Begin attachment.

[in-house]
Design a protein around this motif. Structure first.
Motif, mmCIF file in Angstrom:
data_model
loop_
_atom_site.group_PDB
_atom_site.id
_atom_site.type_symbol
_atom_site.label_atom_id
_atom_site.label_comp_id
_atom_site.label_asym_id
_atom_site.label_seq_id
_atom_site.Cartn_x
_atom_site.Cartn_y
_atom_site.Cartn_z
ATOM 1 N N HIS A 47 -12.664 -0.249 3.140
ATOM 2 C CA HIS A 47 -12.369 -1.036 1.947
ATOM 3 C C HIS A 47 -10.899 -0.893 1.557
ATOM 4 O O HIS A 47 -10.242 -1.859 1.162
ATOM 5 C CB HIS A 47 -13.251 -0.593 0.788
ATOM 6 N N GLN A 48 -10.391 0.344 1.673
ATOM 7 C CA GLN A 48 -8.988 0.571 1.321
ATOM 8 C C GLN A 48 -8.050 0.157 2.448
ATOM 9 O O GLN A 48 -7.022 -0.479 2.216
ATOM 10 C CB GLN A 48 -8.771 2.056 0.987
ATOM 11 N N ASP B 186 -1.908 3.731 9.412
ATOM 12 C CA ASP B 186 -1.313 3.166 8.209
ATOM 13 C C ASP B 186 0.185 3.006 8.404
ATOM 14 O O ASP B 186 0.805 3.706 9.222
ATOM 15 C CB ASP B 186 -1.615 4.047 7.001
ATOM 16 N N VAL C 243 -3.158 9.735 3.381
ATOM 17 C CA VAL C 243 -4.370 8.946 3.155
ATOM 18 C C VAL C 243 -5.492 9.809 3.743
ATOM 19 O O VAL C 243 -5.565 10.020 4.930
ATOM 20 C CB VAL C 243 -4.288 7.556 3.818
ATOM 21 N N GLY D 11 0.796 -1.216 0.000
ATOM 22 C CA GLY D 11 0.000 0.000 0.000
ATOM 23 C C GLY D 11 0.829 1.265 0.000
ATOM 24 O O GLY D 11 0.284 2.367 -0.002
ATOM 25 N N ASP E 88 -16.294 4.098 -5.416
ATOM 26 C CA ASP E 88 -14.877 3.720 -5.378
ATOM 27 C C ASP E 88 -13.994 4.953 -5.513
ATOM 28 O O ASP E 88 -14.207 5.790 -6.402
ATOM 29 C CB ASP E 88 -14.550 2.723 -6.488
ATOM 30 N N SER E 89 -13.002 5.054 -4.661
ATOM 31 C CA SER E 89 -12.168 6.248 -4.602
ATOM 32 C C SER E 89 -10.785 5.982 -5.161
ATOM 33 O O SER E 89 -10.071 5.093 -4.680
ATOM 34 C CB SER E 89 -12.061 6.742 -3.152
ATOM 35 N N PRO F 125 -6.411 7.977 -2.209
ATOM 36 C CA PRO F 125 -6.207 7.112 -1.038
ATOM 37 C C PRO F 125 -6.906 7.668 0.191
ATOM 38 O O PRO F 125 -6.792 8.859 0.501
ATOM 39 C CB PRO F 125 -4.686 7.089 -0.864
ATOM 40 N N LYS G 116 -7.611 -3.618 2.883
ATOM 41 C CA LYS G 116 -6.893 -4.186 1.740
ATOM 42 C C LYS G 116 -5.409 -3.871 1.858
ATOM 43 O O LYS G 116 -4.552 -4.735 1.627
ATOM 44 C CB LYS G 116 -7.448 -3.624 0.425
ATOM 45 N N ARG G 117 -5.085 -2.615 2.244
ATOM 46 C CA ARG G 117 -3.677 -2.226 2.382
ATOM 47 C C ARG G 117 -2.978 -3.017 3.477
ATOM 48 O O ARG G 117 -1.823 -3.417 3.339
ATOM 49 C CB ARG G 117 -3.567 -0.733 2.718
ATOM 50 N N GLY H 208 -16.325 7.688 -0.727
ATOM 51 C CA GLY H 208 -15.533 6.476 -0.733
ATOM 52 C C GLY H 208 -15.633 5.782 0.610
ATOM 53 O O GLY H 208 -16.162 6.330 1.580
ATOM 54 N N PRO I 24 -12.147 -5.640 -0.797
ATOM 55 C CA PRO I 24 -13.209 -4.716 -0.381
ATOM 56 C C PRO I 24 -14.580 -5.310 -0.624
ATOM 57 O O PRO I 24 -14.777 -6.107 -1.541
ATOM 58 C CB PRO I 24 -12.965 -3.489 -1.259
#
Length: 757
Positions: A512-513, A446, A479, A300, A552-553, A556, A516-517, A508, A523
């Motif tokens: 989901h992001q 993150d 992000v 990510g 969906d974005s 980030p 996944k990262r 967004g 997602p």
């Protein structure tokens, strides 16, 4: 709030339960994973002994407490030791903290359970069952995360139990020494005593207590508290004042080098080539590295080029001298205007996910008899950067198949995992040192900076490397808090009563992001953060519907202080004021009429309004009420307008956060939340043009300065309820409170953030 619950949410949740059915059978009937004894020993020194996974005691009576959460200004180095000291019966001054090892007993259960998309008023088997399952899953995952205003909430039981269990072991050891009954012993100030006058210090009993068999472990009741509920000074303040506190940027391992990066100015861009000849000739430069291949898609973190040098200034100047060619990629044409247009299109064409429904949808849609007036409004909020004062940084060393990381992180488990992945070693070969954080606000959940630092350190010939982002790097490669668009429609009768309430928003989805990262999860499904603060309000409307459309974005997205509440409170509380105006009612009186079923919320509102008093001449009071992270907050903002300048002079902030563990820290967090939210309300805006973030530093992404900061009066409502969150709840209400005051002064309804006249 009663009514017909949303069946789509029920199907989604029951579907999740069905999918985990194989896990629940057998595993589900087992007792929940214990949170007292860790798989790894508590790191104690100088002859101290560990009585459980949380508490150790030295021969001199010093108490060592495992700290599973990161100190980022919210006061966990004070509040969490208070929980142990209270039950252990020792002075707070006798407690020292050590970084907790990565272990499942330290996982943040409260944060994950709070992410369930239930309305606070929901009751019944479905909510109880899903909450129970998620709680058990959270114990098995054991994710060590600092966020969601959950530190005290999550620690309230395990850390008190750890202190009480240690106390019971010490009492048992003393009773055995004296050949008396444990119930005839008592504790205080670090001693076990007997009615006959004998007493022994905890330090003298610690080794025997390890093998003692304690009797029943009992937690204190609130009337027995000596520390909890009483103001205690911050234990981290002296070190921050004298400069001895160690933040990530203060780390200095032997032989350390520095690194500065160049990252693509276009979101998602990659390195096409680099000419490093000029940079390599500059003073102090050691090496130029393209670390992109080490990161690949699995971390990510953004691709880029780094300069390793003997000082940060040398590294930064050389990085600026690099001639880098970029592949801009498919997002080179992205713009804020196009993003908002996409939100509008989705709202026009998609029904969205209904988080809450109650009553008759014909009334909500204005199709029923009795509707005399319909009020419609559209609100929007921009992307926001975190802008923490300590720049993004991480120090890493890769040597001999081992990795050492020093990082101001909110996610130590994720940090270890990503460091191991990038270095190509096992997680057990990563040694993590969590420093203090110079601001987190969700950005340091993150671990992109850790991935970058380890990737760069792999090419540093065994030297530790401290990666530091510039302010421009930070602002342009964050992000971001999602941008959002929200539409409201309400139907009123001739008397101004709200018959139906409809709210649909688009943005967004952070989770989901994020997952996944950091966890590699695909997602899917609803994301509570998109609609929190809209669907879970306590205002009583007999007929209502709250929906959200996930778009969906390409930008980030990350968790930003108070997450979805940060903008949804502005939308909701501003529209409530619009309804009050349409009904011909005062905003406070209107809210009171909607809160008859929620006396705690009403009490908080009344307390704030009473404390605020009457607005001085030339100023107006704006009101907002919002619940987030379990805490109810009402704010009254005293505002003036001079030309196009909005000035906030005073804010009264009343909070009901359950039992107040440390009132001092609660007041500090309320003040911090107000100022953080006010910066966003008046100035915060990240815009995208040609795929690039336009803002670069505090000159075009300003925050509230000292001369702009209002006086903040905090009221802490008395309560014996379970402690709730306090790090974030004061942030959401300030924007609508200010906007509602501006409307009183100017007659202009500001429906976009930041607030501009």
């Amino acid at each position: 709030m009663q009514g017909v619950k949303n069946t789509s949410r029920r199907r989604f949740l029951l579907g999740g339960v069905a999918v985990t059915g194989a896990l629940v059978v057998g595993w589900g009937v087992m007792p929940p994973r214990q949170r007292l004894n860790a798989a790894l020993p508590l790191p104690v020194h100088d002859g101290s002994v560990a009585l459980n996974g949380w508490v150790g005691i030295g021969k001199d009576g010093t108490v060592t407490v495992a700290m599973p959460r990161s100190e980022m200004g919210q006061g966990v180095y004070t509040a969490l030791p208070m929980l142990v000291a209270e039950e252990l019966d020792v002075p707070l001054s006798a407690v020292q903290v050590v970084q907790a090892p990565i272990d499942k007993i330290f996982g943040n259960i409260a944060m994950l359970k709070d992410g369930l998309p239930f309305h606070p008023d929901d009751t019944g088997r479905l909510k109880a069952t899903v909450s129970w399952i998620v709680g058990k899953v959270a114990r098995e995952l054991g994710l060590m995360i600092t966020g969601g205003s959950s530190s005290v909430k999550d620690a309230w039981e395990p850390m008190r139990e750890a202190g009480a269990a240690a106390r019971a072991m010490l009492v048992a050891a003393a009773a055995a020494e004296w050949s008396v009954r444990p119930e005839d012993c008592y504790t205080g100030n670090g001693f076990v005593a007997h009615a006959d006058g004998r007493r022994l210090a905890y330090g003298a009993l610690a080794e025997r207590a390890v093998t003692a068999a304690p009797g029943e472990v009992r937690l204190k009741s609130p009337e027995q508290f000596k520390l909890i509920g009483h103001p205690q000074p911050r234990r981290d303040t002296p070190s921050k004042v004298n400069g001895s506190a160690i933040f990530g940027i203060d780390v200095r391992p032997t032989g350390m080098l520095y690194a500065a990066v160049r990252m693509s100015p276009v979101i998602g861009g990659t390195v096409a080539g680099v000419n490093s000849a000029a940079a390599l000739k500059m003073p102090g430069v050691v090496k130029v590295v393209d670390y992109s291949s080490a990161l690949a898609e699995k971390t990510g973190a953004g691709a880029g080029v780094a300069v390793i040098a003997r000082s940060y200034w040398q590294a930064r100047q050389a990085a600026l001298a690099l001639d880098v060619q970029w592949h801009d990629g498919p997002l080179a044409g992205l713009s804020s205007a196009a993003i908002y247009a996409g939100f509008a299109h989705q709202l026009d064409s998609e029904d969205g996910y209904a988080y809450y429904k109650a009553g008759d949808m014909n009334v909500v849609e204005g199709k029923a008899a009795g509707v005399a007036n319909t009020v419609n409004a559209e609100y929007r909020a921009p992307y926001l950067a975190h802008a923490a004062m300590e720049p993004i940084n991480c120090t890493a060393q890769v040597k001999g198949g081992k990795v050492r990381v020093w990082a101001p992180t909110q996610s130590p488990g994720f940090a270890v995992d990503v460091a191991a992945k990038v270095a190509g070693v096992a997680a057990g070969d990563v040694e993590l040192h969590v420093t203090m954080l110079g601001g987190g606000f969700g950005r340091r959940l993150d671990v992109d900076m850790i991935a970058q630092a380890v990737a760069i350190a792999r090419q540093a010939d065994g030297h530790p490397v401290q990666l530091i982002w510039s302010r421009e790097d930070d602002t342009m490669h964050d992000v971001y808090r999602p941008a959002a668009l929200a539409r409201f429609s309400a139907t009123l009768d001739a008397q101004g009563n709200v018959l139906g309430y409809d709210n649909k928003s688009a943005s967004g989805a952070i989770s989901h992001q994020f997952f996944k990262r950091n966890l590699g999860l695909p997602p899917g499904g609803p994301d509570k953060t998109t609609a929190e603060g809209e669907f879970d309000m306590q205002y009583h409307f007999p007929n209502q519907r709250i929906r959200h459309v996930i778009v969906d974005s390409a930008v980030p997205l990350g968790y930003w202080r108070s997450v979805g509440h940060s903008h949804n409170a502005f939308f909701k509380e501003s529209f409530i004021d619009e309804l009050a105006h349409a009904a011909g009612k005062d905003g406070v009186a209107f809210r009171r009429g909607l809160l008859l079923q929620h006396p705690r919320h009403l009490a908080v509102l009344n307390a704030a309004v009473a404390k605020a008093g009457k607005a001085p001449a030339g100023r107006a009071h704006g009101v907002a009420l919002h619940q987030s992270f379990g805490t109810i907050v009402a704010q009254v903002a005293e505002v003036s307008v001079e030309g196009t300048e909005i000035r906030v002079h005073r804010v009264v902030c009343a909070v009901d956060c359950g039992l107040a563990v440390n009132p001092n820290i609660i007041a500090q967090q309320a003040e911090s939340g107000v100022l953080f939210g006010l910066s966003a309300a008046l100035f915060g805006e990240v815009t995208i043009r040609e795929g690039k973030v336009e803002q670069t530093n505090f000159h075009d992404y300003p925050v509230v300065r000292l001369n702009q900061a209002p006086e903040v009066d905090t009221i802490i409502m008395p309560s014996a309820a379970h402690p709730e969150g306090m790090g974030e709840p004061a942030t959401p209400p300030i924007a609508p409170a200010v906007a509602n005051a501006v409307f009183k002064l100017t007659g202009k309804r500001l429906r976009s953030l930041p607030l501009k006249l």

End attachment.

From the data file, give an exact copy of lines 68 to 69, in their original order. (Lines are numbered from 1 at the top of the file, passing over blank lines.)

ATOM 53 O O GLY H 208 -16.162 6.330 1.580
ATOM 54 N N PRO I 24 -12.147 -5.640 -0.797